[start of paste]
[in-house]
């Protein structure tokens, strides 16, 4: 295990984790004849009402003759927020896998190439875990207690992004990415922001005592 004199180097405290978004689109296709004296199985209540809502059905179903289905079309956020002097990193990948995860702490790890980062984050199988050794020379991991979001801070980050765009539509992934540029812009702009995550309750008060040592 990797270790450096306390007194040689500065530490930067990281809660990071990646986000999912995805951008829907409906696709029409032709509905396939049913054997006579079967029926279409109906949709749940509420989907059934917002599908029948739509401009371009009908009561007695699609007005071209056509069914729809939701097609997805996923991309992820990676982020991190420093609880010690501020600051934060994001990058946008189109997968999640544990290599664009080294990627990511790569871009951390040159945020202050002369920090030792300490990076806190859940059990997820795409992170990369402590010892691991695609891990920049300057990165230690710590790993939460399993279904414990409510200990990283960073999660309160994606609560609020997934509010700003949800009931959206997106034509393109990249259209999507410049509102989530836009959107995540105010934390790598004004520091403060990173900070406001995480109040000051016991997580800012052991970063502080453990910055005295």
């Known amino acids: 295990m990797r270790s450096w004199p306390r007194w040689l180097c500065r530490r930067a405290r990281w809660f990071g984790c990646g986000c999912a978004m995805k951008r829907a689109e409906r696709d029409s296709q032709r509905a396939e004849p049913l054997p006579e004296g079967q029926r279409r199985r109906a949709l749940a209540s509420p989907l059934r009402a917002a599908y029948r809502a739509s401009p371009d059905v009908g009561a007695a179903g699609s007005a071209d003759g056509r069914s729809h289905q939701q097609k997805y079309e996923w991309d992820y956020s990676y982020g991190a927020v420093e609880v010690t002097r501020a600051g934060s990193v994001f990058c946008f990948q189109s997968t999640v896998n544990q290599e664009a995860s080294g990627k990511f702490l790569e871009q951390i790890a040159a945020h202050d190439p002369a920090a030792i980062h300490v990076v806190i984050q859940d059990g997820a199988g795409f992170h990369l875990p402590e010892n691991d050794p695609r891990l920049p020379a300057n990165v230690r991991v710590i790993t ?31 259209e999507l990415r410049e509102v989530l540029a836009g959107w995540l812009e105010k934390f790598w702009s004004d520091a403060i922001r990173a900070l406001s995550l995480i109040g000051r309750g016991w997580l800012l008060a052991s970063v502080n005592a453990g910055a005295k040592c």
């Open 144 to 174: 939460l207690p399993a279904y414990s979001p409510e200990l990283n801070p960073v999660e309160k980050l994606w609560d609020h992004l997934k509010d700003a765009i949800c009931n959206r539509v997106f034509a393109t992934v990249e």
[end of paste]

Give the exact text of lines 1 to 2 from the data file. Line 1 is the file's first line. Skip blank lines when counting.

[in-house]
């Protein structure tokens, strides 16, 4: 295990984790004849009402003759927020896998190439875990207690992004990415922001005592 004199180097405290978004689109296709004296199985209540809502059905179903289905079309956020002097990193990948995860702490790890980062984050199988050794020379991991979001801070980050765009539509992934540029812009702009995550309750008060040592 990797270790450096306390007194040689500065530490930067990281809660990071990646986000999912995805951008829907409906696709029409032709509905396939049913054997006579079967029926279409109906949709749940509420989907059934917002599908029948739509401009371009009908009561007695699609007005071209056509069914729809939701097609997805996923991309992820990676982020991190420093609880010690501020600051934060994001990058946008189109997968999640544990290599664009080294990627990511790569871009951390040159945020202050002369920090030792300490990076806190859940059990997820795409992170990369402590010892691991695609891990920049300057990165230690710590790993939460399993279904414990409510200990990283960073999660309160994606609560609020997934509010700003949800009931959206997106034509393109990249259209999507410049509102989530836009959107995540105010934390790598004004520091403060990173900070406001995480109040000051016991997580800012052991970063502080453990910055005295």